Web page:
Changing gears…

There’s just 4 weeks to go until I return to the challenge of running to John O’Groats. I have invested heavily in this as it’s a cause that is really important to me. It also gives me some sense of purpose and reason to be in this strange world I now find myself in.

The campervan has been paid for, so have the campsites we’ll be staying at. Kerry, my support crew/driver, has really kindly helped out with the campsite side of things.

Now all I need to do is find the damage deposit, fuel and food money! There are still a multitude of things I need to order; socks, protein, compeed… the small stuff that really can’t be neglected!

It was all going ok until yesterday, when the clutch on my car packed up. It never rains, right? I had gone out to make the extravagant purchase of a bin that I can use as an ice bath. You see, for the last few weeks I’ve been really suffering with cramp-like pain in my calves. A trip to the physio (another outlay) and there’s no physical cause for concern that she can see. A relief to hear! However, there must be a cause. It started a week before my training load increased, so I’m quite certain that wasn’t the cause. I can run with it, but it’s the most uncomfortable feeling I think I’ve experienced whilst training.

Trying out the “ice bin”!

To add to the challenges I already face, last month, I was diagnosed with extremely low ferritin levels. Low for Jo Bloggs, and very low for somone who is ultra training. It’s at the point where, if it doesn’t go up in the next month or so, I’ll likely be going down the route of an iron infusion, for which there is an 8 months waiting list. Having looked into the symptoms this can cause, in addition to the usual suspects, palpitations, breathlessness and fatigue, it can also cause calf pain. Who knew?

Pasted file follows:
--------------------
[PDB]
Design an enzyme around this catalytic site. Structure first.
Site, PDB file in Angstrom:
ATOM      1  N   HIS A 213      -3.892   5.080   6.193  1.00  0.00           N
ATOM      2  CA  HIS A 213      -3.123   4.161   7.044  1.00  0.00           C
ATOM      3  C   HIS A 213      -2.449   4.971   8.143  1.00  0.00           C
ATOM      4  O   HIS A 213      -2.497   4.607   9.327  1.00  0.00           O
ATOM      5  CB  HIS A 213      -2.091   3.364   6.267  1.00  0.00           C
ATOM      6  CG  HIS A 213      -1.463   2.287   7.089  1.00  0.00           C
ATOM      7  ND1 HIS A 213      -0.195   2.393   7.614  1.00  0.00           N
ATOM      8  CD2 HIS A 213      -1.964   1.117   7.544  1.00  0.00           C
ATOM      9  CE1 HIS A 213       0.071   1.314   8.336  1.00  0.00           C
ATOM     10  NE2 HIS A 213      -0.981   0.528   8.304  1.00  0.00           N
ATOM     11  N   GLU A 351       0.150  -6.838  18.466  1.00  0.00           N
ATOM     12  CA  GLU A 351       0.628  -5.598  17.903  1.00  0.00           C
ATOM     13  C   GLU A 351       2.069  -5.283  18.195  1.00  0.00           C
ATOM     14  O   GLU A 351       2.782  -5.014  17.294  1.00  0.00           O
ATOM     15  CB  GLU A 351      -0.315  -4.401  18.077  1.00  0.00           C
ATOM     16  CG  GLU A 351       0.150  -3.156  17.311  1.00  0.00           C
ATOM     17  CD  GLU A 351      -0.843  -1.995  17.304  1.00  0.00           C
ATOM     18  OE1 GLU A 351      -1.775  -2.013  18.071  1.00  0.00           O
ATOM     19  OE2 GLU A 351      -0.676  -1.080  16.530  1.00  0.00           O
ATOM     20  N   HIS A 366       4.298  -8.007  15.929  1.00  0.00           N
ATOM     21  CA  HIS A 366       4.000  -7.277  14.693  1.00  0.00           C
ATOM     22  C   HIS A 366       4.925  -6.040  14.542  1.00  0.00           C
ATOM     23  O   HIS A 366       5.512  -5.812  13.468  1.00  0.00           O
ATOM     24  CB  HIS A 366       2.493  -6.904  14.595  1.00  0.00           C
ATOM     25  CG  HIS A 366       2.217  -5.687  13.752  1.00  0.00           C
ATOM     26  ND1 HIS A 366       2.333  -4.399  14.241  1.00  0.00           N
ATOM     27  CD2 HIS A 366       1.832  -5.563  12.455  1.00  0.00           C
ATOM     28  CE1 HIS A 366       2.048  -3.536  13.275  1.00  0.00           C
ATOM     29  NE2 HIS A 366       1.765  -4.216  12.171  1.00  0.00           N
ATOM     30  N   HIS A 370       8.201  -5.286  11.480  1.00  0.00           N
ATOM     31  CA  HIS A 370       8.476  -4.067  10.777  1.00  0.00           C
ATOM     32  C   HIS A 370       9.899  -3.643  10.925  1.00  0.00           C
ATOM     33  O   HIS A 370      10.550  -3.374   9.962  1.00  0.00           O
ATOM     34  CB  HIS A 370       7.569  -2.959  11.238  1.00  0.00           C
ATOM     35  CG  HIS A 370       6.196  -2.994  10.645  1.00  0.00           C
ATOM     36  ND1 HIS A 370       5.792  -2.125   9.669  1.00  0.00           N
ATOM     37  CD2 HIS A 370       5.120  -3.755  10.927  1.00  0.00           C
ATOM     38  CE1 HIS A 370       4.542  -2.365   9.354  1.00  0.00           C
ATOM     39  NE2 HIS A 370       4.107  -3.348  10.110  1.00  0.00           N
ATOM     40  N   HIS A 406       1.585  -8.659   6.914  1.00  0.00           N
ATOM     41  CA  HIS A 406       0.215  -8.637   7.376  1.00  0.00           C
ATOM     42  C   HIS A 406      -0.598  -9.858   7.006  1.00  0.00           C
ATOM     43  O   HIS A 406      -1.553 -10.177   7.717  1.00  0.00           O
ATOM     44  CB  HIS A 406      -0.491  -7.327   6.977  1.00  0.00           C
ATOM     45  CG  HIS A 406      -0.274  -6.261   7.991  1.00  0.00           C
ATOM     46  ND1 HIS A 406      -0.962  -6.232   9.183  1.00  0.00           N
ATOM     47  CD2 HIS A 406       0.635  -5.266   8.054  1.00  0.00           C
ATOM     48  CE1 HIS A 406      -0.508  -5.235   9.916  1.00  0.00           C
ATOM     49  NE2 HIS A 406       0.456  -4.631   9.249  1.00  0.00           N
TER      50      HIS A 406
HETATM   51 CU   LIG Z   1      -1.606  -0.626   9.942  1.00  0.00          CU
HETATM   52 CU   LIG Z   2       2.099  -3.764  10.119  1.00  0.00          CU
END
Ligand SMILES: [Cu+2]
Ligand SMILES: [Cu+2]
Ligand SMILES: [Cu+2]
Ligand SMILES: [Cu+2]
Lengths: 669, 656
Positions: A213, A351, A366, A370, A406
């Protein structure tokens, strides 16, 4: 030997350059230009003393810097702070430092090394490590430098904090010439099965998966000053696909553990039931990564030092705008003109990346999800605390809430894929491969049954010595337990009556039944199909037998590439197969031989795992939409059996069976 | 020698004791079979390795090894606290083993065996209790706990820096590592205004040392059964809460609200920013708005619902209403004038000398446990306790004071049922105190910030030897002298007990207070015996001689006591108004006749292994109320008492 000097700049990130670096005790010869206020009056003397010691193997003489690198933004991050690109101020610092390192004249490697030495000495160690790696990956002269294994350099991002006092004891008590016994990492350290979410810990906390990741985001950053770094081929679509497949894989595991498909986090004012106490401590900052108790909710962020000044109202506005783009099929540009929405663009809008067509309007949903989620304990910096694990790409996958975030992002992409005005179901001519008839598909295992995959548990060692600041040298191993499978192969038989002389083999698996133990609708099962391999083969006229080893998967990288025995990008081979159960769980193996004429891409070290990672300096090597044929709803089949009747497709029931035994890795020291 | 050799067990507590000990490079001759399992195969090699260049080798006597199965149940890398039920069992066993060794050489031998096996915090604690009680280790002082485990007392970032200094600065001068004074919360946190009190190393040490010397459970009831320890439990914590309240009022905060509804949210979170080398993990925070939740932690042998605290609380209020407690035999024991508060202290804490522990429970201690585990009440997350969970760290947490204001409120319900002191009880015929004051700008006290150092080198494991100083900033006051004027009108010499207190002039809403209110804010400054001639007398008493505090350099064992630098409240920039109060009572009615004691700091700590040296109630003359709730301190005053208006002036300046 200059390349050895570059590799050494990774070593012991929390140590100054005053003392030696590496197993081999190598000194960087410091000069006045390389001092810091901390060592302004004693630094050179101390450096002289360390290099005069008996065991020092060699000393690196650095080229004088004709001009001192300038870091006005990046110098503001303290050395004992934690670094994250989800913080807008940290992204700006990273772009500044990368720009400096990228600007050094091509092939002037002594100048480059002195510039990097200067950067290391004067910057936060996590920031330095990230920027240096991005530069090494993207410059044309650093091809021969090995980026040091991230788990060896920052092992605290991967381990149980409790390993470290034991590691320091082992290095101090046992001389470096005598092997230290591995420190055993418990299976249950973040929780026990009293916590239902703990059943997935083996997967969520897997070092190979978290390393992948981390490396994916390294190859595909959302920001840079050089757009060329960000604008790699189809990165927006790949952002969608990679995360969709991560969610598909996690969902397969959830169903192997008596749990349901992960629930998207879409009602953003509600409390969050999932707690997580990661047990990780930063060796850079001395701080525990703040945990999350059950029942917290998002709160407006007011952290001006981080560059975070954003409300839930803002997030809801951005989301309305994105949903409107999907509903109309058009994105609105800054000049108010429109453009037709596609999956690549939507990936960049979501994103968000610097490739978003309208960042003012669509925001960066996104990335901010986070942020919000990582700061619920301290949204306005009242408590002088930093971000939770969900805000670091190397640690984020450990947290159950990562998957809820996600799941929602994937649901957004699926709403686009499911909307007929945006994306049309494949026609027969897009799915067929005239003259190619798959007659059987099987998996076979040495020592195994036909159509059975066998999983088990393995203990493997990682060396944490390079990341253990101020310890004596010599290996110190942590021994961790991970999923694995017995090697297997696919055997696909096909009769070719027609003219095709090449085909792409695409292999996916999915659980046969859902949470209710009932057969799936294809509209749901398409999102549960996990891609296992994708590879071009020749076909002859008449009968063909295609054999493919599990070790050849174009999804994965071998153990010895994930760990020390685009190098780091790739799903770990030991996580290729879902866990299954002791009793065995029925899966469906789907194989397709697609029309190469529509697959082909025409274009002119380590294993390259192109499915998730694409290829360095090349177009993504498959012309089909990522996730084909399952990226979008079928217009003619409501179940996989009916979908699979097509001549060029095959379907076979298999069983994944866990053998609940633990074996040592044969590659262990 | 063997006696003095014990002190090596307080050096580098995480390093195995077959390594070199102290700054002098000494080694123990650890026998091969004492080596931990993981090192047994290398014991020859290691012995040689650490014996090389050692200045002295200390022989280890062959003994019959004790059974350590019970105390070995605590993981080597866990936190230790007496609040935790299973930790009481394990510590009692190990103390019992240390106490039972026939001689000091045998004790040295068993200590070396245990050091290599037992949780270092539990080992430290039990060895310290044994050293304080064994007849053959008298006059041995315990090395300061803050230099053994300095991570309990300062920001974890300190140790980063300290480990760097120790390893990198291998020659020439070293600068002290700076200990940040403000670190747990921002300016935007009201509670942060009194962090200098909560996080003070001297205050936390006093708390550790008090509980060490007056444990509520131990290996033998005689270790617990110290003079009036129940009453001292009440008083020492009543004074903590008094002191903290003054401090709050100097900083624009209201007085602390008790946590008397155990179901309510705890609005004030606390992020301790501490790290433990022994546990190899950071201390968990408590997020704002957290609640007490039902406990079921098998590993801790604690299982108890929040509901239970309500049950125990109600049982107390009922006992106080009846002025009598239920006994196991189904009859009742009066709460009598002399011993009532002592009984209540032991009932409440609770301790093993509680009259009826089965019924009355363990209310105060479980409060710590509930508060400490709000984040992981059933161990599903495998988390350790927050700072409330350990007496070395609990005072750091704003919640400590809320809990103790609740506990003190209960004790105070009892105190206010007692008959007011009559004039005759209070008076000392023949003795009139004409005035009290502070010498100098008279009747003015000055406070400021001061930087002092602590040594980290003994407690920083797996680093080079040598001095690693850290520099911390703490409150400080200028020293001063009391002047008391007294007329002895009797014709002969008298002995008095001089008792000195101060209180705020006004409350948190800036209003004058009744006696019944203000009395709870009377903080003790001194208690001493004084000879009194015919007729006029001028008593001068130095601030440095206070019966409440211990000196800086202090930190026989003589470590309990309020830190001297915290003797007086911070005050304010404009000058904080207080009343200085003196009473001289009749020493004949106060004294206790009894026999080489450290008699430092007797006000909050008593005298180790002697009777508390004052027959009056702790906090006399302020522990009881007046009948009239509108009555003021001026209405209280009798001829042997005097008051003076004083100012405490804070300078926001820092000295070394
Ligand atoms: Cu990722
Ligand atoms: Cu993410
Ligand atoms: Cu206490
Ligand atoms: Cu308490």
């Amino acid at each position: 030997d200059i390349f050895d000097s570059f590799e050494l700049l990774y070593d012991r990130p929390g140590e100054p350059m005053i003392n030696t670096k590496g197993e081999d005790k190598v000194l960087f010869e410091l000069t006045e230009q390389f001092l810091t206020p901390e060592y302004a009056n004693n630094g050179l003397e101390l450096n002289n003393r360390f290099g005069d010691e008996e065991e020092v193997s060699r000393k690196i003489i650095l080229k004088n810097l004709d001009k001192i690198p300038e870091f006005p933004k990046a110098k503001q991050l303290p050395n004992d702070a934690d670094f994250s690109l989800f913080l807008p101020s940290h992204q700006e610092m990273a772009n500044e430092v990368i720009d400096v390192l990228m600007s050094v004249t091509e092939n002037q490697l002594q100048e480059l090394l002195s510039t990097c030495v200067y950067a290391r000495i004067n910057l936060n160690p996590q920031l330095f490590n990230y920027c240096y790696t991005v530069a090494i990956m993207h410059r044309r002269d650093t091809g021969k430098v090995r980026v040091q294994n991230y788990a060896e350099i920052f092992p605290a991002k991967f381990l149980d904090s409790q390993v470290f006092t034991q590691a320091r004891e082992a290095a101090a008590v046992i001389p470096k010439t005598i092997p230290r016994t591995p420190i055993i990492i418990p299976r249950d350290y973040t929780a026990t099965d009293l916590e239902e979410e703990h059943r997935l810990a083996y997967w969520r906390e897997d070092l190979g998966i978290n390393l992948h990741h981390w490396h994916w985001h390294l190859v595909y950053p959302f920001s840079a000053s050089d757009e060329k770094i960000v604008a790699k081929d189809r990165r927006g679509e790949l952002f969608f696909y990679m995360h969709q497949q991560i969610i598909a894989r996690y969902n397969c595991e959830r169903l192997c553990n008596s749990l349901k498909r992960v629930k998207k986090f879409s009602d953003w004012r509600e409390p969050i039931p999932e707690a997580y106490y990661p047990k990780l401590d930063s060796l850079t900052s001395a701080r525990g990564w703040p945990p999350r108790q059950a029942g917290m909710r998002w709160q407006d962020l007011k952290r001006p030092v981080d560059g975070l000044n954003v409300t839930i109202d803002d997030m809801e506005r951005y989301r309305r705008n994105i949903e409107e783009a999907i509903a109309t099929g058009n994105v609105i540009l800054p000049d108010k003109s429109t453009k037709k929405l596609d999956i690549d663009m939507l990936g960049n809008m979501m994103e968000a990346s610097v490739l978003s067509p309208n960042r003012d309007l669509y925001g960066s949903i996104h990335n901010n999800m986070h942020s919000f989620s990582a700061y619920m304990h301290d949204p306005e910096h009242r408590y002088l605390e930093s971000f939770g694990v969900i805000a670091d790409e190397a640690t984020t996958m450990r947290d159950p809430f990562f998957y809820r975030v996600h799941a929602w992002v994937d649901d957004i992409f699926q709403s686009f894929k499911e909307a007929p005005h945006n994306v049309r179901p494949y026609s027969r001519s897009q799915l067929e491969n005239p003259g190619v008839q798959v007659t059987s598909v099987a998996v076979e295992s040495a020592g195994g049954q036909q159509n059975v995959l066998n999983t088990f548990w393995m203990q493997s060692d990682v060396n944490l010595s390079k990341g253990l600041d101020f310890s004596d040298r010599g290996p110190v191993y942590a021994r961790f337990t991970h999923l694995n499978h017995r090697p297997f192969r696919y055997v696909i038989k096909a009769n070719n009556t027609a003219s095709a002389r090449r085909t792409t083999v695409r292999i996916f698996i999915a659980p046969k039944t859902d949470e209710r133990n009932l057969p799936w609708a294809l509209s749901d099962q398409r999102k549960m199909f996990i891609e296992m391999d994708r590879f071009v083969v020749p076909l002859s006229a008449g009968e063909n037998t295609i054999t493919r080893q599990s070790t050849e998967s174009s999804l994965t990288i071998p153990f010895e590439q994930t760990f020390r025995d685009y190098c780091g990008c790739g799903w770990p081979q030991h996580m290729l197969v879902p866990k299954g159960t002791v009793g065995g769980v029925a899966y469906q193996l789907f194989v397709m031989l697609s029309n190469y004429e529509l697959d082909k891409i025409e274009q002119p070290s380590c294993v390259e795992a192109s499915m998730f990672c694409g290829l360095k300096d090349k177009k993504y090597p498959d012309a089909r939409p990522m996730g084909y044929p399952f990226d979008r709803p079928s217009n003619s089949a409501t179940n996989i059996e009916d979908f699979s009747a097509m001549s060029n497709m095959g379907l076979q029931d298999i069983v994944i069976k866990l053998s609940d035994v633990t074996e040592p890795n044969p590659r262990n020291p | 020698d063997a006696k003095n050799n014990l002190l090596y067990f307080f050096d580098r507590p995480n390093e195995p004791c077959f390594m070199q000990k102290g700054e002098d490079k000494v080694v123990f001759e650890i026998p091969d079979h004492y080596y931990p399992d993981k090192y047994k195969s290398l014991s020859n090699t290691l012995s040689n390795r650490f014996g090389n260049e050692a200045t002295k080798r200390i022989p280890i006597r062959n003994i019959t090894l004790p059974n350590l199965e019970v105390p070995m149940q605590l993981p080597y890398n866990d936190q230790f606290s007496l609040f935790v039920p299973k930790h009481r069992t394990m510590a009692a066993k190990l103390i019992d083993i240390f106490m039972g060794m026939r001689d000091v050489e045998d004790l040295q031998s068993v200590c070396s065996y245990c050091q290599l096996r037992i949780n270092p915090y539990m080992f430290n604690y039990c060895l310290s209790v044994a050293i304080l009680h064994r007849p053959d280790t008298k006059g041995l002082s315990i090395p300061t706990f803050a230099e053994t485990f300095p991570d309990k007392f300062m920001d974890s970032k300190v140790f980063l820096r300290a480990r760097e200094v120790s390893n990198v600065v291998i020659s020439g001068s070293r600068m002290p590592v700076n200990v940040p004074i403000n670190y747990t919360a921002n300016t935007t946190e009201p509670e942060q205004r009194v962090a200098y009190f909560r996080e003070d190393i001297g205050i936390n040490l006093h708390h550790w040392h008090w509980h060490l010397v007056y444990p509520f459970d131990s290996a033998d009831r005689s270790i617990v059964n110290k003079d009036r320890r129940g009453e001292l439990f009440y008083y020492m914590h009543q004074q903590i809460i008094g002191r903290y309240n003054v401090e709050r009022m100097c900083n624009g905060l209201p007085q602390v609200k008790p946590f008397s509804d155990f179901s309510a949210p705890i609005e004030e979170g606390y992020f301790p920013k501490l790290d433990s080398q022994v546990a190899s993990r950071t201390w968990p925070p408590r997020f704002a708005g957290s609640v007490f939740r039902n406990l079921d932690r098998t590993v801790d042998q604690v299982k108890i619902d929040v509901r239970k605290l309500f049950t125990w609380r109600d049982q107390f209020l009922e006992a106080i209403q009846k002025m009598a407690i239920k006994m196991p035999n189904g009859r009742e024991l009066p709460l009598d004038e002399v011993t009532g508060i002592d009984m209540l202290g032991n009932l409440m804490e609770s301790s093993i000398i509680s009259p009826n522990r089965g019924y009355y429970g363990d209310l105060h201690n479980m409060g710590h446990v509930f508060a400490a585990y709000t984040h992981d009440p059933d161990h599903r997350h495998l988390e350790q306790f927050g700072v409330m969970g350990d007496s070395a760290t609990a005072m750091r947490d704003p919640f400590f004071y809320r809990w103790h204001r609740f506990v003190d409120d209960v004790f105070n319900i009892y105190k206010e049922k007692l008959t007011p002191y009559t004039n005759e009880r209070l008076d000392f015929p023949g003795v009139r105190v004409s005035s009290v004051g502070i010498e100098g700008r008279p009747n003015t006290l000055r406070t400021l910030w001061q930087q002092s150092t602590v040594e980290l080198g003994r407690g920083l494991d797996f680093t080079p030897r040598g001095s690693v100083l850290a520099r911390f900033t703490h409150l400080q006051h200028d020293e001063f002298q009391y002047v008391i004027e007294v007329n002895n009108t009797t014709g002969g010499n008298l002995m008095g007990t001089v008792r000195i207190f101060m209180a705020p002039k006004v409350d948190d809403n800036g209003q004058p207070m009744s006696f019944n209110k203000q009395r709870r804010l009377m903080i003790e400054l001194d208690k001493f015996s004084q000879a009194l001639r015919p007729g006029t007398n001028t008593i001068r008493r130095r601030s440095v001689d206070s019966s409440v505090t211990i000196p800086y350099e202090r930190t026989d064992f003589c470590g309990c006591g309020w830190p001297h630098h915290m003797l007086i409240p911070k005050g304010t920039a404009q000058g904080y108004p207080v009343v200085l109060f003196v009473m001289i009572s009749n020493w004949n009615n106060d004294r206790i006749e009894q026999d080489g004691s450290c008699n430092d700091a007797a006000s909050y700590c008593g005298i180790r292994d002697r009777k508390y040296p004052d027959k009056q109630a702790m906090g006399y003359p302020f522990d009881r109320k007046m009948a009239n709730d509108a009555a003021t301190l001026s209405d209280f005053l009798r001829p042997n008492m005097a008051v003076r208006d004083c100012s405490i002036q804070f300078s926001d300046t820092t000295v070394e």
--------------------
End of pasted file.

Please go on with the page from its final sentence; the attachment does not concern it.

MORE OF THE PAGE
So, my anxiety levels are currently through the roof… add to this the usual family demands, training, planning the challenge, waiting for my latest brain MRI results and then the latest disaster!

That extravagent £8 purchase! I ventured out and had a mooch around the local B&M at all the stuff I really don’t need, found my bin and headed to the checkout. I stood there, waiting to pay, totally oblivious to the guy on my left who was trying to get my attention to say I could go in front of him. The joy of hearing loss, right there. Another moment of wishing the floor would swallow me up to add to the collection of embarrassing moments.

I drove through town, heading back home, when suddenly, the clutch started to slip on my car. My heart sank, my stomach churned. I just about managed to limp home but my nerves were shot.

A quick Google search revealed the cost of fixing that clutch will be around £700. I can’t not get it repaired, because I have two sessions of outdoor ed work booked in next week. I wish I could fall back on cycling… I would embrace the opportunity to be an eco warrior and do my bit to help the environment, but since my surgery, I’ve been unable to ride my bike alone on roads, because I’m a bit of a liability to say the least! That’s why I prefer running shoes to tyres!